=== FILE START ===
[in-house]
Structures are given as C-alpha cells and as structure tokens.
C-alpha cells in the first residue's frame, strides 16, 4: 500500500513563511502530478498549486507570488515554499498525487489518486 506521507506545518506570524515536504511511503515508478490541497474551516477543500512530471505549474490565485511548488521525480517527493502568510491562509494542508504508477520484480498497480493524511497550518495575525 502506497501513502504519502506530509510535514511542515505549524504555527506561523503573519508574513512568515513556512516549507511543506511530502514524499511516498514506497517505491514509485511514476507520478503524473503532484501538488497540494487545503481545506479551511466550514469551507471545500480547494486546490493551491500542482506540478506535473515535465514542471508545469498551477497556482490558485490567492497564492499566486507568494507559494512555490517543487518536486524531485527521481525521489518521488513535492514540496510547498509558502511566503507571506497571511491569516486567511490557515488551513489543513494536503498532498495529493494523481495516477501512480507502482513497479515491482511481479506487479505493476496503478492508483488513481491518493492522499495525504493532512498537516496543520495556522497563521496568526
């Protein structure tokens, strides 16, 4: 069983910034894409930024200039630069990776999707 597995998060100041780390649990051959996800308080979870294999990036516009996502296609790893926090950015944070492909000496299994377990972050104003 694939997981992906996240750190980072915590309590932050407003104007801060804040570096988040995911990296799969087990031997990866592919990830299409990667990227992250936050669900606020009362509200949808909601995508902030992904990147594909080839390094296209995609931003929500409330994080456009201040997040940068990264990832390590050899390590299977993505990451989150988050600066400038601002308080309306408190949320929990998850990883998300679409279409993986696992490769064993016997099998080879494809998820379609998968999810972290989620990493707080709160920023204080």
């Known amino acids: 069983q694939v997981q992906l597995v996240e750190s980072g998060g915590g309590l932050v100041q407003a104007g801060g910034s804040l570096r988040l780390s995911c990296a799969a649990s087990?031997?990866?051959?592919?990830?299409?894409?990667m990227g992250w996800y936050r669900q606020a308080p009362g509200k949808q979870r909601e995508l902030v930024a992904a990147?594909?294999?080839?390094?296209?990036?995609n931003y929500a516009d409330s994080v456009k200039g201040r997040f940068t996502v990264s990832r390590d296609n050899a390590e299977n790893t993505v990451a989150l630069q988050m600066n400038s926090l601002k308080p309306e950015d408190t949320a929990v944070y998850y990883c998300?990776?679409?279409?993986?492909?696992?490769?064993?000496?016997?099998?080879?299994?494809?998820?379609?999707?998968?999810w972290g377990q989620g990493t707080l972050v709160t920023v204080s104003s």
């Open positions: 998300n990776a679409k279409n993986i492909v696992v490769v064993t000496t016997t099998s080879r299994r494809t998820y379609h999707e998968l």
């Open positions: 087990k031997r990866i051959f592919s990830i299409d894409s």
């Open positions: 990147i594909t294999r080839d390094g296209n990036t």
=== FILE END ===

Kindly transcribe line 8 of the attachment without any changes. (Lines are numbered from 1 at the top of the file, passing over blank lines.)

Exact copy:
């Open positions: 990147i594909t294999r080839d390094g296209n990036t």